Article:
Check the Owner’s Manual

close-up of books

Wouldn’t it be great, if we each were born with an Owner’s Manual? Not only would parents be relieved of the burden of trying to figure out the mysterious being they’ve made a commitment to love, care for and nurture in perpetuity, but each of us would already have the answers for how to love, care for and nurture ourselves. Our Owner’s Manuals could include instructions for our care and feeding, specifications for our energy sources and a host of tips and tricks for enhancing performance.

Last week, was pretty busy for me. Every day was filled with networking meetings, lunches, client appointments, phone calls, prospective client follow-ups, writing, laundry, parenting, meal preparation, tax preparation, commuting, emails, etcetera, etcetera, etcetera. I don’t think I captured even half of it. Every day was long, busy and filled to the brim. And guess what? I’d been planning to continue attacking the To Do list as soon as my daughter and I returned home from an appointment on Saturday morning. What happened instead? I decided I needed a power nap and ended up napping for 2½ hours!

There was a time I would have felt ashamed that I’d “wasted” so much time. But I have come to realize that if I do not make time for restoring my batteries, I will end up feeling depleted and low even when I am enjoying everything that I am doing. If we know what we need and make an effort to provide ourselves with the care and feeding required, we will flourish. Each of us is unique with our own idiosyncrasies and quirks. Taking the time to acknowledge and honor the ones that help us perform at our best is of utmost importance.

I have helped several clients create systems for organizing themselves in their homes and offices. Over and over again, I have been continually amazed how often these wonderfully smart and accomplished people downplay their own needs and wants in order to try and use systems that did not play to their strengths or acknowledge their uniqueness. One client had a filing system in a drawer that had been created for him by a former assistant. The only person that used the filing system was the assistant. By the time we began our work together, he had a huge backlog of papers that he said, “needs filing.” We discussed what worked about the filing system created by the former assistant and what didn’t. I realized that we needed to create was a filing system he could maintain himself, but that his Manual discourages using a traditional filing cabinet. The solution? Magazine boxes on a set of shelves that made it possible for my client to “see” his categories and files, retrieve specific items and file stuff himself.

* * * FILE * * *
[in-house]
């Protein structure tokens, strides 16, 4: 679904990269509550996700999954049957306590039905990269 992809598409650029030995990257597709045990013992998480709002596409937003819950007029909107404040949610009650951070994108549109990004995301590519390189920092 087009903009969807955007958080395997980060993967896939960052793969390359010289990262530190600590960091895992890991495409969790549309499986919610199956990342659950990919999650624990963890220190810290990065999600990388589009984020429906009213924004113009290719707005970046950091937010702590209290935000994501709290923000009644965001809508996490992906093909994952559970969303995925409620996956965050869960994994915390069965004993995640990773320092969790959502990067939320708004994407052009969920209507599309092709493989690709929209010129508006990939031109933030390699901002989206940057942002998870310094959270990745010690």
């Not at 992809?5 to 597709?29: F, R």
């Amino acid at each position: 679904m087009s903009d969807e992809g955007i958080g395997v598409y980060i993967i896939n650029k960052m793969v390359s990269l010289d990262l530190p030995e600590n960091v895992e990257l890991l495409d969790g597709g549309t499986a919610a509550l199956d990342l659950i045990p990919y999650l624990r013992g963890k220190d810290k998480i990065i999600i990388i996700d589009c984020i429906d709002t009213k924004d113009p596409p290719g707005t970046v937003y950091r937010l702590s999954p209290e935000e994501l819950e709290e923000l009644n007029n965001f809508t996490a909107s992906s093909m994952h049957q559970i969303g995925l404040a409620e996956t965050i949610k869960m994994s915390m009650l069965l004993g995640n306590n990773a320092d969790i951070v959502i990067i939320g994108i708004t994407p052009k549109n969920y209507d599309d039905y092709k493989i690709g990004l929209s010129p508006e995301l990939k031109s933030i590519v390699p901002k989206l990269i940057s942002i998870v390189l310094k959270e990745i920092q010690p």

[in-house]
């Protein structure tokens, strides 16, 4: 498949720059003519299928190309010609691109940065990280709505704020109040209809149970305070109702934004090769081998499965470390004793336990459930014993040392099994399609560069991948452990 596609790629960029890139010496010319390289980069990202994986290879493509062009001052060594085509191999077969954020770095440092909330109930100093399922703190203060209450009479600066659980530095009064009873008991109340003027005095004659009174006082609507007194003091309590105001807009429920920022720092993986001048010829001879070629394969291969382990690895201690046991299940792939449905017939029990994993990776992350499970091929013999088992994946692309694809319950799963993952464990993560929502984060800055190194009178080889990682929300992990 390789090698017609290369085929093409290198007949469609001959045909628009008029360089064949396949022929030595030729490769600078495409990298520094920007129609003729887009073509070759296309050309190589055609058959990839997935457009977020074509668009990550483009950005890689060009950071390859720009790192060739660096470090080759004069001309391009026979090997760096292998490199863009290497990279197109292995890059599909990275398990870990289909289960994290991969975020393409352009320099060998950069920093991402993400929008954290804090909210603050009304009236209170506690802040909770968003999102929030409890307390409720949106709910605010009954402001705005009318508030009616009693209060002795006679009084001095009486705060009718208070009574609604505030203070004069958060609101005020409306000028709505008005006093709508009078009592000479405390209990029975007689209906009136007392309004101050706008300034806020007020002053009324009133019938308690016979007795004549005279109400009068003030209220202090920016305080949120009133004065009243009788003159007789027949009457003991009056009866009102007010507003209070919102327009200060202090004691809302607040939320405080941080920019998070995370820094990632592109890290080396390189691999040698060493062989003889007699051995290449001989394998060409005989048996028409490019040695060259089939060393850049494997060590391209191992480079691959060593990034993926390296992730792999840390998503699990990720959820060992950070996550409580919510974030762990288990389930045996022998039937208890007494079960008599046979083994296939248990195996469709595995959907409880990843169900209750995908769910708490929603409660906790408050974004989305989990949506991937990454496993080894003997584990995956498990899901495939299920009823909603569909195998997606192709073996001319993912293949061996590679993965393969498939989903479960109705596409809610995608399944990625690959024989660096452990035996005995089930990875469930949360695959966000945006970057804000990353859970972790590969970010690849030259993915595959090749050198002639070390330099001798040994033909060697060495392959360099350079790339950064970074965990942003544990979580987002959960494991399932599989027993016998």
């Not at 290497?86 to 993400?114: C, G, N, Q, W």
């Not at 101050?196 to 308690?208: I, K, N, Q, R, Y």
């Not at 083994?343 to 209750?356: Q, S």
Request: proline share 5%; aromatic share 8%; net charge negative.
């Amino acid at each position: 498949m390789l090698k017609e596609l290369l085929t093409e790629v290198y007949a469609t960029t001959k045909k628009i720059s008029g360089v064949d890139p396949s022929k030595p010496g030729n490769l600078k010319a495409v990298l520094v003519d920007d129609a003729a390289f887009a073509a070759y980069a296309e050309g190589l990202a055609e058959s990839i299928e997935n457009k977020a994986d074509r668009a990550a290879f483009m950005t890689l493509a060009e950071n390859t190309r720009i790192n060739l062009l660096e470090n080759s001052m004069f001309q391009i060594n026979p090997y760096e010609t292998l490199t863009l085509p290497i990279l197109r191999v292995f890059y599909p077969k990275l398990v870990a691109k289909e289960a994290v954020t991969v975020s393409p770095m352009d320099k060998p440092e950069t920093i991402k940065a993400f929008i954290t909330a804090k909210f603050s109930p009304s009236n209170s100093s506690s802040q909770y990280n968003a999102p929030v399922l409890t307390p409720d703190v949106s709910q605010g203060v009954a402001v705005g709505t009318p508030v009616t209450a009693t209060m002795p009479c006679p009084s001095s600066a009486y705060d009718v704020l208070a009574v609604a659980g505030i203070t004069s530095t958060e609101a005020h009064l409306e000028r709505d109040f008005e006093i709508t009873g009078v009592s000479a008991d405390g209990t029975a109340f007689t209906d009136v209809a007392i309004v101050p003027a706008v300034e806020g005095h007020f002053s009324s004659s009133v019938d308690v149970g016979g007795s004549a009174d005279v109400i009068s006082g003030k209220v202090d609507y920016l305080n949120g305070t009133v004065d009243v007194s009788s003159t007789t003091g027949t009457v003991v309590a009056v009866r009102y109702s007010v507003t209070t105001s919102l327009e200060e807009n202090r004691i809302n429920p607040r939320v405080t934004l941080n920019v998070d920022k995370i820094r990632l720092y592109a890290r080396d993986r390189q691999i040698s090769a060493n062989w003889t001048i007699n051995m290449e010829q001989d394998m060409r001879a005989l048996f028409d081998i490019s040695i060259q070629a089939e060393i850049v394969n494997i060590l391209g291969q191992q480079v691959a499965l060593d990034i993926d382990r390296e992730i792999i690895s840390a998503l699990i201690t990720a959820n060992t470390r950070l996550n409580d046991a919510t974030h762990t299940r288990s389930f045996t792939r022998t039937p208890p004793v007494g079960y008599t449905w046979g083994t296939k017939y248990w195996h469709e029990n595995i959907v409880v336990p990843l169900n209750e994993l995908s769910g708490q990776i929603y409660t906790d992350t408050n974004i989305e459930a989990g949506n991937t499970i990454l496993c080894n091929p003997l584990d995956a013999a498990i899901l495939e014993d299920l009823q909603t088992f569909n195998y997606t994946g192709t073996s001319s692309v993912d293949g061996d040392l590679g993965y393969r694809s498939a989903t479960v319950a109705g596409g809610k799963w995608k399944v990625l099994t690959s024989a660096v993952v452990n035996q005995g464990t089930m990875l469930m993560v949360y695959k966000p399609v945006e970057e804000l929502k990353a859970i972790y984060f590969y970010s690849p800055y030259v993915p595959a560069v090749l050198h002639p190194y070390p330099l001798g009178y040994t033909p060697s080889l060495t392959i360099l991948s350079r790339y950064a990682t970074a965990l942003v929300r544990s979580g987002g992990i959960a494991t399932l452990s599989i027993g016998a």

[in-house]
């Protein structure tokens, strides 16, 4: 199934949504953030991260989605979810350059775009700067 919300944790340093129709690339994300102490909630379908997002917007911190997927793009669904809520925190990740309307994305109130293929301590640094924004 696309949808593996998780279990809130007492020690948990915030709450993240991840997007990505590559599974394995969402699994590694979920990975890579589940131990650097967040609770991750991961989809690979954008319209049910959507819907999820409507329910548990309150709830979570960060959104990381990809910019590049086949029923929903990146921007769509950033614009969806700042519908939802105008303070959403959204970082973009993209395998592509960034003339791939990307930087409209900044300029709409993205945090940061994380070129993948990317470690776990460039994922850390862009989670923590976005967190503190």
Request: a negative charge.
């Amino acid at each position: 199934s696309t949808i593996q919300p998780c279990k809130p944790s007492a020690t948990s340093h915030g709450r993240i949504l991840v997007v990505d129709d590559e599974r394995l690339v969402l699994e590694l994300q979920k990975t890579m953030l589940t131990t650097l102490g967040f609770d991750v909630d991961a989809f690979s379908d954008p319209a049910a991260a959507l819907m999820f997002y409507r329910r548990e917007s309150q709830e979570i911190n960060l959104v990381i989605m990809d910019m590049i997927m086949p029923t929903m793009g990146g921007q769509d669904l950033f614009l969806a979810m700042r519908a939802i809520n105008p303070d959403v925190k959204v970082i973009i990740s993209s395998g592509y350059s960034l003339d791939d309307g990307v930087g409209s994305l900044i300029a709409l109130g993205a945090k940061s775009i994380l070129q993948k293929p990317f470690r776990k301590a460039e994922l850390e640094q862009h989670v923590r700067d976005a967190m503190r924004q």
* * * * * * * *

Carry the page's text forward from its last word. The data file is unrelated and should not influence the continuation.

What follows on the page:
I have been working on my Owner’s Manual for a quite some time and it certainly isn’t done yet. I expect it will grow and change over time, but for now, one part is clear: Occasionally needs long naps!

Please share some entries from your Owner’s Manual. Do you have any specific care and feeding requirements? What are your tips and tricks for enhancing your performance? If you need help developing your own Owner’s Manual, let’s set time for a phone call. I’d love to help you enhance your performance this year.

6 thoughts on “Check the Owner’s Manual

  1. Janice M. Simon Reply

    Oh, yes, I am working on my Owner’s Manual too! When I exercise, I sleep better, and when I sleep better, I have a better morning. When I have a better morning, I’m sure the people in the office have a better morning. Ha!

  2. Susan Lasky Reply

    The best filing system is one you will use, so it must work with the way you think!

    For so many people, out of sight IS out of mind. The only items that can live successfully in file drawers are the types of reference items that you access only when needed (reference or archival), and you know they are there (AND you have a searchable index or directory of what is in your files and what the file is called – after all, filing systems are actually retrieval systems!).

    For just about everyone with whom I’ve worked, anything that relates to a work in progress (action file) needs to be in a desktop or near-by, easily accessible and labeled folder or holder. Even that may not help if there aren’t reminders on your calendar to work on an action project.

    BTW, I am a major believer in the power of the nap 🙂

  3. Linda Samuels Reply

    What a great post, Janine! I’m a huge proponent of recharging those batteries, which is part of MY Owner’s Manual. I can go, go, go, but if I don’t stop to appreciate the process, slow down long enough to chew my food, or just sit and NOT do, I become less productive, focused, and aware. Also in my Manual is appreciating the moments. If we rush too much, we miss enjoying the new greens popping through the earth, the warmth of the sun, or the hugs from our loved ones.

    As for naps, I rarely take them, but when I do, they are wonderful…especially when wrapped in a cozy blanket.

    • Janine Post authorReply

      I completely agree with you about needing to stop and appreciate the process! Thanks for sharing some of your Owner’s Manual with us, Linda.

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